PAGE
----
What can be frozen during cryopreservation?

Cryopreservation options

There are various options for cryopreservation. Sperm cells, unfertilised eggs(social freezing), fertilised eggs, testicular tissue and ovarian tissue can be frozen. The possibilities of cryopreservation continue to develop due to modern techniques. In the following, we would like to show you the individual possibilities:

Sperm - Cryopreservation Freezing sperm and eggs

1. sperm cells

This cryopreservation option is very often used. If you decide to donate sperm from a third party (heterologous sperm donation), you will also receive frozen sperm from the donor. This type of "fertility reserve" is used by men, for example, when there is a high reduction in sperm count. Several sperm samples are frozen "in reserve" so that they can be used at a later date.

It can also happen that it is not possible for the man to give the sperm sample at short notice during fertility treatment. This may be for professional reasons, for example.

Unfertilised egg - cryopreservation Freezing semen and eggs

2. unfertilised eggs (social freezing)

Freezing unfertilised eggs has become a "lifestyle option". The term "social freezing" is used in this context. American companies (Apple, Facebook, among others) offer to cover the costs of cryopreservation for their female employees. This procedure met with massive criticism and was discussed. In Germany, a representative survey was conducted by the "ZEIT" newspaper. It showed that one in five respondents could imagine using a social freezing service.

Young women whose life plans do not yet include a desire for children and who are advancing in age often resort to cryopreservation. Often it is not yet possible for the women to have a child for professional reasons or they lack a suitable partner.

For women who have been diagnosed with cancer and have to undergo chemotherapy or radiation, freezing the unfertilised eggs can be beneficial. This option has become a standard in everyday practice. Cancer patients have immature eggs removed and frozen before treatment begins. After the successful treatment of the disease, the desire to have a child can be taken up.

In summary, cryopreservation of unfertilised eggs is referred to as "fertility precaution" for young women and also as the "fertility reserve" for sick women.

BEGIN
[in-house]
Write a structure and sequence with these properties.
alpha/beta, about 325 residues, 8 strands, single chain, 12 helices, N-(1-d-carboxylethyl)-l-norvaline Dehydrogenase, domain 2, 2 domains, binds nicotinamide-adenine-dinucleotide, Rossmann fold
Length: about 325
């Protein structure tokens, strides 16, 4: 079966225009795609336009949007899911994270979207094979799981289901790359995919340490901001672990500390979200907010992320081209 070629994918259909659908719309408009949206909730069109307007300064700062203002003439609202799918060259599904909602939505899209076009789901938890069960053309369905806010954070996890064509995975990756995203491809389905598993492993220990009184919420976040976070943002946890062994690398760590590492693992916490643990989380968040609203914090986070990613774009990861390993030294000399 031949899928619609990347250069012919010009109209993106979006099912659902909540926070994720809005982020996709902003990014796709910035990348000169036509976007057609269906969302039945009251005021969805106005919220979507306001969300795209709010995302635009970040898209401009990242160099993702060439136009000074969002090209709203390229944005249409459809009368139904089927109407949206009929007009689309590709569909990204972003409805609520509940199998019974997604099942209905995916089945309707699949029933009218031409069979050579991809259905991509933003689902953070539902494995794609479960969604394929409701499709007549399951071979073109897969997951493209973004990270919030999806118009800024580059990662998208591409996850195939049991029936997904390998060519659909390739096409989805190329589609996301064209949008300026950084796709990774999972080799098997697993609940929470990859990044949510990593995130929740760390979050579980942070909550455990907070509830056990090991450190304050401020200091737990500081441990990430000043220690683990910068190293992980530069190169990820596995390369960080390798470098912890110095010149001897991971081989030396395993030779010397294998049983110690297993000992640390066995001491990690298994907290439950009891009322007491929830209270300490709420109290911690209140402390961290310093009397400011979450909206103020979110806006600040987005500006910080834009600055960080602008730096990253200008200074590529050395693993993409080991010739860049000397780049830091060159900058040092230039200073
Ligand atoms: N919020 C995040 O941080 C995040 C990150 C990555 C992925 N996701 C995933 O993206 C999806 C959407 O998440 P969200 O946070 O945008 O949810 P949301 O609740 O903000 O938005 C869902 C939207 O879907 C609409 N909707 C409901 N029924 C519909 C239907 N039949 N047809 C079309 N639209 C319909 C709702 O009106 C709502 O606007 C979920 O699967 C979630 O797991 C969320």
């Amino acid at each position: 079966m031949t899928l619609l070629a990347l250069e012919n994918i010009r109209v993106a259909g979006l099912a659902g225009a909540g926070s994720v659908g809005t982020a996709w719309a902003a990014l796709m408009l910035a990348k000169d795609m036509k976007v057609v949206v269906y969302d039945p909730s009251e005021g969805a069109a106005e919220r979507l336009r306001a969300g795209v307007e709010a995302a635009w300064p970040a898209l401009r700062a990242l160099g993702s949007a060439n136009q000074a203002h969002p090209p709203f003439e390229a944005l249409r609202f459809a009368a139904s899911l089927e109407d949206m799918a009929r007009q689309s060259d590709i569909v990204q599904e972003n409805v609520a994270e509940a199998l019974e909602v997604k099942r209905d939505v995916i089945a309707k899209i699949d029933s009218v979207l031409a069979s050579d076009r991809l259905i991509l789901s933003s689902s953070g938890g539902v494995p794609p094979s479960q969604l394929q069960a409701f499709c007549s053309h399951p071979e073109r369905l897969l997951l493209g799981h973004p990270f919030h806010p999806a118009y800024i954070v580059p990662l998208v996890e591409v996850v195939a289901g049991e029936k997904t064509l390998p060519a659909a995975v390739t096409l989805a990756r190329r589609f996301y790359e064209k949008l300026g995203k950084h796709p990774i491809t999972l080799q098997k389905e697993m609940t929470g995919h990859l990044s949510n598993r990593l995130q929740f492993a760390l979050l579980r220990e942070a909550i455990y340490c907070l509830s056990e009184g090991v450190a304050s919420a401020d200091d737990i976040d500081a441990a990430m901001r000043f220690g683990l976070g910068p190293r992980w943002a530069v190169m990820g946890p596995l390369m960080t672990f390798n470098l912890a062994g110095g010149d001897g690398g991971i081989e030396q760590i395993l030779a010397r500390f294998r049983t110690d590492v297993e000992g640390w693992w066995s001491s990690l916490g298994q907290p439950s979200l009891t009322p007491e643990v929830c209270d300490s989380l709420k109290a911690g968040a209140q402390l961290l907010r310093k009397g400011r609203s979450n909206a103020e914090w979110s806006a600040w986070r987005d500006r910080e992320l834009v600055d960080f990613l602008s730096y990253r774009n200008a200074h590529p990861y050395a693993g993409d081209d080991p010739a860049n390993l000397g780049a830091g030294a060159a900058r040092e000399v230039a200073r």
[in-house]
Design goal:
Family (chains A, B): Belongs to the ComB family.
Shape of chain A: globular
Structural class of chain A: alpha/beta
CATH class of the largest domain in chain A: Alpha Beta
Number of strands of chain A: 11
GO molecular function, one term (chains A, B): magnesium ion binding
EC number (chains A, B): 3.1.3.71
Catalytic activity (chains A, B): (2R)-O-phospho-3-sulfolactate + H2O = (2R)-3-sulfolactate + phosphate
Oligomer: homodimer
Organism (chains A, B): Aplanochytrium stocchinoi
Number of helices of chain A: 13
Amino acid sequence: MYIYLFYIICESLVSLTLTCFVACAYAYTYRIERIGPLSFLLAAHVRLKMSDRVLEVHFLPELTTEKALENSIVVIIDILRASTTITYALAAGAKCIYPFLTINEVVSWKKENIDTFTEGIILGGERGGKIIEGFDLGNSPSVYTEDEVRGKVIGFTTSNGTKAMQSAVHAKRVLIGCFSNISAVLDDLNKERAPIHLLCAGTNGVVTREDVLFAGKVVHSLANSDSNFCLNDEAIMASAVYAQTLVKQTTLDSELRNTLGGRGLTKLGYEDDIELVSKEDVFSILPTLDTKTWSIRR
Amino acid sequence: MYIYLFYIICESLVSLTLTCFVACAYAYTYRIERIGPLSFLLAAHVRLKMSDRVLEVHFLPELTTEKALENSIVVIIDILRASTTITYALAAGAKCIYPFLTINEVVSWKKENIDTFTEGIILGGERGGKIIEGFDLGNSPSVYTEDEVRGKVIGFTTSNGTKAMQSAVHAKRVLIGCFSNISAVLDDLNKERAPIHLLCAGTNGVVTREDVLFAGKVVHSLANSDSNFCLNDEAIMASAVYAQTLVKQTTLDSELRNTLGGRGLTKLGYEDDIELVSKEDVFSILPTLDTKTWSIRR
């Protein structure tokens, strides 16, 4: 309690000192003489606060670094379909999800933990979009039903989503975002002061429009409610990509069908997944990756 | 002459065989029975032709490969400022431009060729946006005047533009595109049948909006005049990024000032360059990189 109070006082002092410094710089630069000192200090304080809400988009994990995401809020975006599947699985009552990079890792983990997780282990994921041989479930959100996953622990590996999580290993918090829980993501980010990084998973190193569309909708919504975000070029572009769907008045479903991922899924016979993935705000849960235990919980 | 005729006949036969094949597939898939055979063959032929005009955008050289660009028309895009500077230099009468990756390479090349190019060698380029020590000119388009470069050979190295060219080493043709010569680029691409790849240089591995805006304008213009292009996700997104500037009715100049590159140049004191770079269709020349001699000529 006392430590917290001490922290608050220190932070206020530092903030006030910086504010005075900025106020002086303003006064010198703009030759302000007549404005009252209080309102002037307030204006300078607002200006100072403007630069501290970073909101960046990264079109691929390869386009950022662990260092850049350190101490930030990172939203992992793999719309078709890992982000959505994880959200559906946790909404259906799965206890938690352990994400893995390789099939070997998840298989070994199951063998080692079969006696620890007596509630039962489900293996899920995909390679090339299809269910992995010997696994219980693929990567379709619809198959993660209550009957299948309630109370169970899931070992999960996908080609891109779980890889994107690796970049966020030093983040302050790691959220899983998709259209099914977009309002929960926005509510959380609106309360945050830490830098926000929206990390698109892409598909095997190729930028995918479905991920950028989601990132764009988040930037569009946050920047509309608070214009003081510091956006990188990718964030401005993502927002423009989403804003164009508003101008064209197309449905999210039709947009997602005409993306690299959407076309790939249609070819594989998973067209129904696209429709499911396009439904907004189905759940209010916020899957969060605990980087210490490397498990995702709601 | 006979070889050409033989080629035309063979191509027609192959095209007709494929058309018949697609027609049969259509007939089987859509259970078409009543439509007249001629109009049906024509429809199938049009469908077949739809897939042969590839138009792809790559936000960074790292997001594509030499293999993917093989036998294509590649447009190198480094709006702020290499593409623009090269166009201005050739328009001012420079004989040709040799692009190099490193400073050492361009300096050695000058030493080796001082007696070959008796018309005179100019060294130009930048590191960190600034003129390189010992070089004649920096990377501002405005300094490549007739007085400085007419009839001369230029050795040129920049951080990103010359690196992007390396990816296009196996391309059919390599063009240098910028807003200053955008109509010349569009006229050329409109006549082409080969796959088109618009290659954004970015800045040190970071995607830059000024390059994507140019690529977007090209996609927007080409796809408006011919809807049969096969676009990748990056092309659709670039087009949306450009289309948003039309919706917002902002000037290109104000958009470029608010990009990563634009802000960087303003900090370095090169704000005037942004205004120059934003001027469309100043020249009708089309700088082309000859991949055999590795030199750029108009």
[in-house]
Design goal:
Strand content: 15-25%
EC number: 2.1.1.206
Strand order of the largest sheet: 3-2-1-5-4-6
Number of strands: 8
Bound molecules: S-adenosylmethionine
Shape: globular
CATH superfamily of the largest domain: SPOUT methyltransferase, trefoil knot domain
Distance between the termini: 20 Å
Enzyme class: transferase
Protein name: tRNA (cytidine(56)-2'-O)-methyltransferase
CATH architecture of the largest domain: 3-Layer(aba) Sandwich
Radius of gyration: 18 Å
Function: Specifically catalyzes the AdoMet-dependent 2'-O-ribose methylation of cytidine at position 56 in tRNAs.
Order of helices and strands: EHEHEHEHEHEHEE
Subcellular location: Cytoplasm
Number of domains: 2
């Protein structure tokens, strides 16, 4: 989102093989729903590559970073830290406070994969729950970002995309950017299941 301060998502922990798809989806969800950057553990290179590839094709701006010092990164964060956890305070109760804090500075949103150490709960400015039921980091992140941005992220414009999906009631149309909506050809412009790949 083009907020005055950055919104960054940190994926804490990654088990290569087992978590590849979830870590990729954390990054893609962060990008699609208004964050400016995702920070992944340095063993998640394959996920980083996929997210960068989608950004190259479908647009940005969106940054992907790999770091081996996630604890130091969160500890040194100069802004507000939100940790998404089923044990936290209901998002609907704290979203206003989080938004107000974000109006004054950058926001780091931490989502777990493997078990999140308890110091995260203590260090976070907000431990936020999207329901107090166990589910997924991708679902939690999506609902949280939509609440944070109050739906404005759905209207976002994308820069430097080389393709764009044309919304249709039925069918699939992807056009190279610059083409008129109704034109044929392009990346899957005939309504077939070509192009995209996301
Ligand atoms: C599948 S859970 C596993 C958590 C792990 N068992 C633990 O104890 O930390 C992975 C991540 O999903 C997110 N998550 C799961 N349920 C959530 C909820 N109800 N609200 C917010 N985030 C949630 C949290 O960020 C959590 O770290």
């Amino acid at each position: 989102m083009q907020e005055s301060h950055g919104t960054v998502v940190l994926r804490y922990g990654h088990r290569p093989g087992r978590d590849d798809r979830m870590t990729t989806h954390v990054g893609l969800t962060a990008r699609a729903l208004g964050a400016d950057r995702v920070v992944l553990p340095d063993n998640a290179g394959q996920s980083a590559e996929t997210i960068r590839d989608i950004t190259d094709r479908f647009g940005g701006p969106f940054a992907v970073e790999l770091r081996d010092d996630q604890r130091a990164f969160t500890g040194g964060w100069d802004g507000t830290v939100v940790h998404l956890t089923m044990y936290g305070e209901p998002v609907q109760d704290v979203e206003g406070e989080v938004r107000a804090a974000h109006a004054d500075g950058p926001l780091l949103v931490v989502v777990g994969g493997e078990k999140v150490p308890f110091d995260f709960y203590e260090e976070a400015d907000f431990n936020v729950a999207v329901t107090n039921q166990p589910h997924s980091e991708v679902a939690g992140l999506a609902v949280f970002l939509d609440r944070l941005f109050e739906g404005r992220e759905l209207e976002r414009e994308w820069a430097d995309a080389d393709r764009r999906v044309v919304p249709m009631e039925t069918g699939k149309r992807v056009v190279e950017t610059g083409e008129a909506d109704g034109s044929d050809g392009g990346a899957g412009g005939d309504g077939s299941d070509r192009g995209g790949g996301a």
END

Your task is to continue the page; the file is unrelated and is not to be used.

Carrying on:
Fertilised egg - cryopreservation Freezing sperm and eggs

3. fertilised eggs

Cryopreservation of fertilised eggs is the most commonly used option. In the course of artificial insemination, several of the woman's eggs are fertilised. Since, according to the Embryo Protection Act, a maximum of 3 embryos may be transferred into the uterus, fertilised eggs usually remain.

It is worth freezing the remaining eggs. This way, if treatment is unsuccessful, you can fall back on existing eggs and there is no need to carry out hormone stimulation and puncture again. This eliminates the risk of overstimulation. Therefore, cryopreservation in this combination is gentle for the woman. If the woman wants to have a child again, she can use the frozen eggs again.

Testicular tissue - cryopreservation Freezing of semen and oocytes

4. testicular tissue

If there is no semen in the seminal fluid (e.g. blockage of the seminal duct), tissue can be obtained using the TESE method and frozen for a later date.

Ovarian tissue cryopreservation Sperm and egg freezing

5. ovarian tissue

For young cancer patients, this option can be used to fulfil the desire to have children after successful treatment. A "re-transplantation" of the ovarian tissue takes place after the treatment of the disease. This can even lead to a successful pregnancy in a "natural way".